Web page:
The decisions of government and regulators can have a major impact on businesses: new rules and regimes create opportunities and close-off others; subsequent interpretations can create liabilities. Nowhere is this more evident than in the current political climate as the potential for Brexit to result in new regulation, hastily produced, looms large.
It is important for regulated businesses to engage early in these processes, to use the law to optimise their commercial position.
When creating new rules, or when interpreting and enforcing them, public bodies must act:
Good practice also means that new policy and regulation will usually emerge from discussion and consultation, giving an opportunity for lobbying, debate and input.
Businesses can use specific challenge processes, appeals and judicial review when public bodies have not acted as required and when the outcome has been prejudicial to them.
What are you trying to achieve as a business? How can the law help?
This may seem obvious when faced with proposed regulations that limit your business, or an enforcement team looking to impose a penalty. However, your ultimate commercial aim is unlikely to be a particular legal outcome in and of itself. The knack is to find the legal and evidential points, and the time(s) for making them, that help you get to your desired commercial outcome. Sometimes this may require lateral thinking.
Engage early and do not put off thinking about potential challenges
You will need to consider legal issues as soon as proposed rules and regulations appear: do the powers exist to make them, how well might they achieve the desired policy and business outcomes, how might they interact with existing law and would the detailed drafting work? Where the measures are not being properly developed, a legal challenge may be necessary.
Early engagement is particularly important because once new rules and regulations are introduced, the scope for subsequent challenge to them is severely reduced:
Some recent examples
Sustainable Development v BEIS - do not delay:
The claimant had delayed without giving a good reason, and so lost its opportunity for judicial review. The court was also unwilling to re-open the government decision because it would have prejudiced third party rights and been detrimental to good administration.
However, other cases point out that judicial review is a remedy of last resort – so engage in the processes that do exist.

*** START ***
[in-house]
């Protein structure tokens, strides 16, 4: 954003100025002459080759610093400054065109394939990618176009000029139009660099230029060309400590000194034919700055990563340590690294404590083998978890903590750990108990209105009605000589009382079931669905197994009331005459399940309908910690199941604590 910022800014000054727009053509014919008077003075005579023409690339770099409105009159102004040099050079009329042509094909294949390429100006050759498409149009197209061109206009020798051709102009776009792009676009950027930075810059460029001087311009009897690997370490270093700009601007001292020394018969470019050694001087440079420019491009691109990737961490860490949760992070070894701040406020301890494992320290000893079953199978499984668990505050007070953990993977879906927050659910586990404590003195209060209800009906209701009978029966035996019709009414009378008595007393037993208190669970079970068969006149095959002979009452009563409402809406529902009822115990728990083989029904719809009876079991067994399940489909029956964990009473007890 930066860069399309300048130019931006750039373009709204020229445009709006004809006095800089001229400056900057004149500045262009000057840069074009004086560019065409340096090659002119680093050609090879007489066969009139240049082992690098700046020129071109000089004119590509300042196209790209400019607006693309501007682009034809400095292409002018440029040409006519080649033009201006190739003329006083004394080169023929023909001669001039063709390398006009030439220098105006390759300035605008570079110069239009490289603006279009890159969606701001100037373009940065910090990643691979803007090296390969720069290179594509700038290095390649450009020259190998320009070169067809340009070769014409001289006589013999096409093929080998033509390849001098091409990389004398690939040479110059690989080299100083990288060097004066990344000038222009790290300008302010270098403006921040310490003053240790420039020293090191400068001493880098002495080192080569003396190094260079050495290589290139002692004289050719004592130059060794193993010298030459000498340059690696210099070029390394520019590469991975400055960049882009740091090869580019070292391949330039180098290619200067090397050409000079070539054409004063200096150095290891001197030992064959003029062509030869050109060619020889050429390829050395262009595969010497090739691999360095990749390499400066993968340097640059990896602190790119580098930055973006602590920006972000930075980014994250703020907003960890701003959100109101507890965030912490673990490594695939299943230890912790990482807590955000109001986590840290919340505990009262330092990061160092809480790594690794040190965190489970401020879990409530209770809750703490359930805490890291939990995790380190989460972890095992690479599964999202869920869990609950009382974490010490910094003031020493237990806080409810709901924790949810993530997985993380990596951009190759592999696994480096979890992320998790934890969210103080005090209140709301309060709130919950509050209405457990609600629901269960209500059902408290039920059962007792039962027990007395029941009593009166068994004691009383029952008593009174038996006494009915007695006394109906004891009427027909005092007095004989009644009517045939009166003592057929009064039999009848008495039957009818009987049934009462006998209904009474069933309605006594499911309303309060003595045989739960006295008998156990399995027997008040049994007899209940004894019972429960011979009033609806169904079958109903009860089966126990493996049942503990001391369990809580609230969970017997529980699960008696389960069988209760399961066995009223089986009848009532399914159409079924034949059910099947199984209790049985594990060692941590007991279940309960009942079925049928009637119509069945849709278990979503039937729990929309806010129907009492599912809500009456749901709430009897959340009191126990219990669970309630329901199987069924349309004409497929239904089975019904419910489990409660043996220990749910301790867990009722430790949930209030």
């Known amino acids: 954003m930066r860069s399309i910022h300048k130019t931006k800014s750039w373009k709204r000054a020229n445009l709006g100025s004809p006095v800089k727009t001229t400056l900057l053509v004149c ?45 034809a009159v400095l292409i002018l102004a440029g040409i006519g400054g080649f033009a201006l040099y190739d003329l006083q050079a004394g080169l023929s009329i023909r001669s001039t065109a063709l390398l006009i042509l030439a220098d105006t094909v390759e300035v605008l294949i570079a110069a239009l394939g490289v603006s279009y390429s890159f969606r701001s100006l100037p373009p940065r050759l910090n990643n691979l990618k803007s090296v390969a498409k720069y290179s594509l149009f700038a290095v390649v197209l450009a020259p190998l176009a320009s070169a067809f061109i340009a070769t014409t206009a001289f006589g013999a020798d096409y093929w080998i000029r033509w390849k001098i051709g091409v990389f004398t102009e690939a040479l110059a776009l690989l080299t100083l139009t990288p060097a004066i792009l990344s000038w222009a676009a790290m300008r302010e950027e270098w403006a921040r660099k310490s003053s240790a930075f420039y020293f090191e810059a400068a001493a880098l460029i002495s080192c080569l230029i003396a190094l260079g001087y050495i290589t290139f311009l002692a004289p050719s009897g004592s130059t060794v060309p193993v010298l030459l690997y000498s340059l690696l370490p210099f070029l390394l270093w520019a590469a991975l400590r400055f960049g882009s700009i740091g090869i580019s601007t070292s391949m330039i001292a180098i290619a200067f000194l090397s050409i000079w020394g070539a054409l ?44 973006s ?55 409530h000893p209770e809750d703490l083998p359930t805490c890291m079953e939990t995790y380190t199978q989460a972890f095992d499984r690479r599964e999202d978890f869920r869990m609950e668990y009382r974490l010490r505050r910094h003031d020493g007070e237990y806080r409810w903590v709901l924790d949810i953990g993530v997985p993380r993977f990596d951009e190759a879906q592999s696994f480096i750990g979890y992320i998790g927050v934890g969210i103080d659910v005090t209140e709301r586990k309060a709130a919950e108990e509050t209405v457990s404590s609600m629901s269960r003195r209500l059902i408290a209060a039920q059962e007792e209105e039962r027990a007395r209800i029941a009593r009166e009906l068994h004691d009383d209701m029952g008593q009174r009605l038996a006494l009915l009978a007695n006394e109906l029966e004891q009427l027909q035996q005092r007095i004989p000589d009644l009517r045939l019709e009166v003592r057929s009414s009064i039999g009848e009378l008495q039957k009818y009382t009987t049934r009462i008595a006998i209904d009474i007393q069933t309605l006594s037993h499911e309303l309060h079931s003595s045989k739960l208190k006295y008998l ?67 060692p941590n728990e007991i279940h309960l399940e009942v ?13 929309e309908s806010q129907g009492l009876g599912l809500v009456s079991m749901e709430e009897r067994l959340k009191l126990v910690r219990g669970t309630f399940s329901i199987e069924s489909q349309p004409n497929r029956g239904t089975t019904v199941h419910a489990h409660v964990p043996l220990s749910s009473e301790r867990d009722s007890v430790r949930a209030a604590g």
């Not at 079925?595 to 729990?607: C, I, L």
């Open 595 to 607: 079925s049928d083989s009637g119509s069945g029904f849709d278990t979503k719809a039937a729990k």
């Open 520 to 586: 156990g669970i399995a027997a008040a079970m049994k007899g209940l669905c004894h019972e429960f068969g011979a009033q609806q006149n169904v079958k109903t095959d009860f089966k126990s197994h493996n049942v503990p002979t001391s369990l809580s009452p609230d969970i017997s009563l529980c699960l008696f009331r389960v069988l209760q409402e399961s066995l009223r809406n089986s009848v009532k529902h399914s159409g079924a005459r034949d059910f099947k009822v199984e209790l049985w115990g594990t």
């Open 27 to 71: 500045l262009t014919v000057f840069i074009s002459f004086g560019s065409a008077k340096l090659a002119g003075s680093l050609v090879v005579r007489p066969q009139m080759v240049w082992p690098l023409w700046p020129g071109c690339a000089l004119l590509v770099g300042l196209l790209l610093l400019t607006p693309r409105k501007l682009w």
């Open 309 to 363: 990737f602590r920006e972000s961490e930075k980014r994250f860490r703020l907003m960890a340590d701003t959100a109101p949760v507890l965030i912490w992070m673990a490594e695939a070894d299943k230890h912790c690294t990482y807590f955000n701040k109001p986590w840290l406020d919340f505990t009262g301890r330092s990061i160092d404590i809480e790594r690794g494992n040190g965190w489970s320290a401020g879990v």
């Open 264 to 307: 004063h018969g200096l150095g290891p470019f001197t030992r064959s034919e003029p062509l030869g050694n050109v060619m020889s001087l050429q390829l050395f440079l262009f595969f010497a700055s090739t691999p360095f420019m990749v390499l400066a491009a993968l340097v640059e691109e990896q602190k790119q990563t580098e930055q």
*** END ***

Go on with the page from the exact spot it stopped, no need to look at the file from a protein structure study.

Ofgem v Npower - making the right challenge at the right time:
Ofgem issued a direction that Npower take part in a switching trial. Npower failed to comply. Ofgem next issued a statutory order that Npower comply with the direction. Npower’s statutory challenge to the order was unsuccessful because its real argument was with the original direction, which it should have separately challenged via judicial review.
Tempus v European Commission - using a legal challenge to achieve (perhaps) a business aim:
The UK capacity market (CM) regime provides support to traditional electricity generators and to demand side response (DSR). It obtained state aid approval from the EC.
Tempus is a DSR business. It successfully challenged the EC’s decision not to examine more thoroughly the greater support given to traditional generation compared to DSR; the EC had not followed its own guidelines. The EC now needs to re-assess CM state aid approval, including DSR. However, this may not ultimately mean DSR gets a better deal.
Deferring to regulators on areas of expertise - Heathrow Airport Limited v Office of Rail and Road:
The court declined to interfere with a regulator’s specialist appraisals, but not on legal issues – R (UK Power Networks (Operations) Ltd) v Gas and Electricity Markets Authority: the regulator misinterpreted the statute so its decision was overturned, and Intercontinental Exchange Inc v Competition and Markets Authority – the regulator had to look at a decision again when it failed to give reasons.
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